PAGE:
Within five days before or thirty days after filing the notice of lien, the lienor shall serve a copy of such notice upon the owner, if a natural person, (a) by delivering the same to him personally, or if the owner cannot be found, to his agent or attorney, or (b) by leaving it at his last known place of residence in the city or town in which the real property or some part thereof is situated, with a person of suitable age and discretion, or (c) by registered or certified mail addressed to his last known place of residence, or (d) if such owner has no such residence in such city or town, or cannot be found, and he has no agent or attorney, by affixing a copy thereof conspicuously on such property, between the hours of nine o’clock in the forenoon and four o’clock in the afternoon; if the owner be a corporation, said service shall be made (i) by delivering such copy to and leaving the same with the president, vice-president, secretary or clerk to the corporation, the cashier, treasurer or a director or managing agent thereof, personally, within the state, or (ii) if such officer cannot be found within the state by affixing a copy thereof conspicuously on such property between the hours of nine o’clock in the forenoon and four o’clock in the afternoon, or (iii) by registered or certified mail addressed to its last known place of business. Failure to file proof of such a service with the county clerk within thirty-five days after the notice of lien is filed shall terminate the notice as a lien.” N.Y. Lien Law §10.
How long is a lien good for?
Any lien created under New York law shall be a lien for a period longer than one year after the notice of lien has been filed, unless within that time an action is commenced to foreclose the lien, ….” or the appropriate steps are taken to request that the court grant an extension. N.Y. Lien Law §17.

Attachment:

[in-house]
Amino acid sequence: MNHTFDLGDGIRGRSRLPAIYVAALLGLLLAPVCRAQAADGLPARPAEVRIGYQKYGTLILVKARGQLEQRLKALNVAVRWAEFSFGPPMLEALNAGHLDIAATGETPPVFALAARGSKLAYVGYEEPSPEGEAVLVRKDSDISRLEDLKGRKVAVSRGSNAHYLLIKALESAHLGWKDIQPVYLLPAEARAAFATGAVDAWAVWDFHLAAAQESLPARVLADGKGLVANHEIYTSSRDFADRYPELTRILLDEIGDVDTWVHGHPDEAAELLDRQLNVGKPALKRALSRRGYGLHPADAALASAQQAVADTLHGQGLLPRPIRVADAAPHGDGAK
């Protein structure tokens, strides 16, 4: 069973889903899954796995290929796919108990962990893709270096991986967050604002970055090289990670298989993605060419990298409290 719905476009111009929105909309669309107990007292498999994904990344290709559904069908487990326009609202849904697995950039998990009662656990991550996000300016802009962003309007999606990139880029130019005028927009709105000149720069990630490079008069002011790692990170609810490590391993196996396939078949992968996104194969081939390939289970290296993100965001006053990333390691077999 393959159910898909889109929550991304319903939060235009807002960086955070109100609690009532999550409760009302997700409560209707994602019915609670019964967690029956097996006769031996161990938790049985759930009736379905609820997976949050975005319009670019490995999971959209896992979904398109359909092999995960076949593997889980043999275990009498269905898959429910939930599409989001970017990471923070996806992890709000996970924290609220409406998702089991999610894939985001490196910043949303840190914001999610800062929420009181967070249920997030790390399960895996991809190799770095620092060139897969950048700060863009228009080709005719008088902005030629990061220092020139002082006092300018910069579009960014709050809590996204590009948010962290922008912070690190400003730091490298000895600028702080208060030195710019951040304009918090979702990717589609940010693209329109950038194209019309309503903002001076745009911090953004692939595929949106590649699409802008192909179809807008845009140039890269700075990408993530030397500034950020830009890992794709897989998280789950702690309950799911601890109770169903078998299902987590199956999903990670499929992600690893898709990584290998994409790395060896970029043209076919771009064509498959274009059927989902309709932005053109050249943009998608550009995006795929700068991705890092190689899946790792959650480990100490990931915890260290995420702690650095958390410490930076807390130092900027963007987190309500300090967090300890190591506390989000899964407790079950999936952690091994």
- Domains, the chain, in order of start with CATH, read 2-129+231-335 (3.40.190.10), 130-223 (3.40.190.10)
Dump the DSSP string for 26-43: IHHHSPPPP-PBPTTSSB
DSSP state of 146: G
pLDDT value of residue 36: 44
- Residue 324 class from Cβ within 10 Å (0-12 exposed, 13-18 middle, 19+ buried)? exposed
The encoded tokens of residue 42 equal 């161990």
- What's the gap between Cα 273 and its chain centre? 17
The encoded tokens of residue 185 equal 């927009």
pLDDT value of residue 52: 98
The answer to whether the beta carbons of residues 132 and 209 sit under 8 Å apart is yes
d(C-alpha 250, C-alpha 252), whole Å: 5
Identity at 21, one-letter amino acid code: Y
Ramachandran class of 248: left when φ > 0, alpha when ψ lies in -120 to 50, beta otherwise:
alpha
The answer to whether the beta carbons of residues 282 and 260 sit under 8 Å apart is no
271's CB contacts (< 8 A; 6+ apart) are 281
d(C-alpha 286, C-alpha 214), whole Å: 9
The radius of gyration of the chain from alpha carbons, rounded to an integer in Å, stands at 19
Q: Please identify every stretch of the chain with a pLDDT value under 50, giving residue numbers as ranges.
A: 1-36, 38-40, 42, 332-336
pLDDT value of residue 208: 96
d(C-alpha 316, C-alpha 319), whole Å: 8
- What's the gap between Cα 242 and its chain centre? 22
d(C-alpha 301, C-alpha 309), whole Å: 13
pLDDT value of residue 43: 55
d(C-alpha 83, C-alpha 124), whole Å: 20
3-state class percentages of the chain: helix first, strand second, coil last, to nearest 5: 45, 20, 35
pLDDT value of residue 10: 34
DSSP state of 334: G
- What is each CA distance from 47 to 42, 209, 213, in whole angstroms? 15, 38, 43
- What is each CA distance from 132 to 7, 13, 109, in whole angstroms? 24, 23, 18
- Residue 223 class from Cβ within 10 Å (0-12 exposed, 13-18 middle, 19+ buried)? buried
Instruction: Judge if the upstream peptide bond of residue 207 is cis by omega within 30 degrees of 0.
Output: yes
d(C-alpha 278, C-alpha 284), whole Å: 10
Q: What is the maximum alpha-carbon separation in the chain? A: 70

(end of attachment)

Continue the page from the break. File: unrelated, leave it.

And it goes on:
Are liens assignable?
Yes. New York statutes provide for the assignment of valid liens. The assignment must be in writing and acknowledged by the lien holder. N.Y. Lien Law §13.
Does this State require or provide for a notice from subcontractors and laborers to property owners?
Yes. A contractor working on a public improvement may issue a written demand that a state agency provide a notice of completion and acceptance. Also, a subcontractor or other party who furnishes labor and or materials for the improvement of property may issue a demand to the owner or contractor demanding that the owner or contractor provide a statement of the terms of the contract between the owner and the contractor.
Does this State require or provide for a notice from the property owner to the contractor, subcontractor, or laborers?
Yes. Under New York law a property owner who’s property has been the subject of a notice of lien may demand in writing that the lien claimant provide an itemized statement of the labor and/or materials provided and their value.
Does this State require a notice prior to starting work, or after work has been completed?
No. New York statutes do not require a Notice of Commencement or a Notice of Completion as in some other States.
Does this State permit a person with an interest in property to deny responsibility for improvements?
No. New York statutes do not have a provision which permits the denial of responsibility for improvements.
Is a notice attesting to the satisfaction of a lien provided for or required?
No. New York statutes do not provide for or require that a lien holder who has been paid produce or file a notice to that effect.
By what method does the law of this State permit the release of a lien?
A lien claimed under New York law may be discharged by the issuing of a certificate by the lien holder, filed in the court where the lien notice was filed, acknowledging the satisfaction and release of said lien. Otherwise, the lien will dissolve automatically within one year of filing if no legal action is taken to foreclose on said lien.
Does this State permit the use of a bond to release a lien?
Yes. New York law permits a party with an interest in the property in question to file a bond in the amount unpaid under the contract.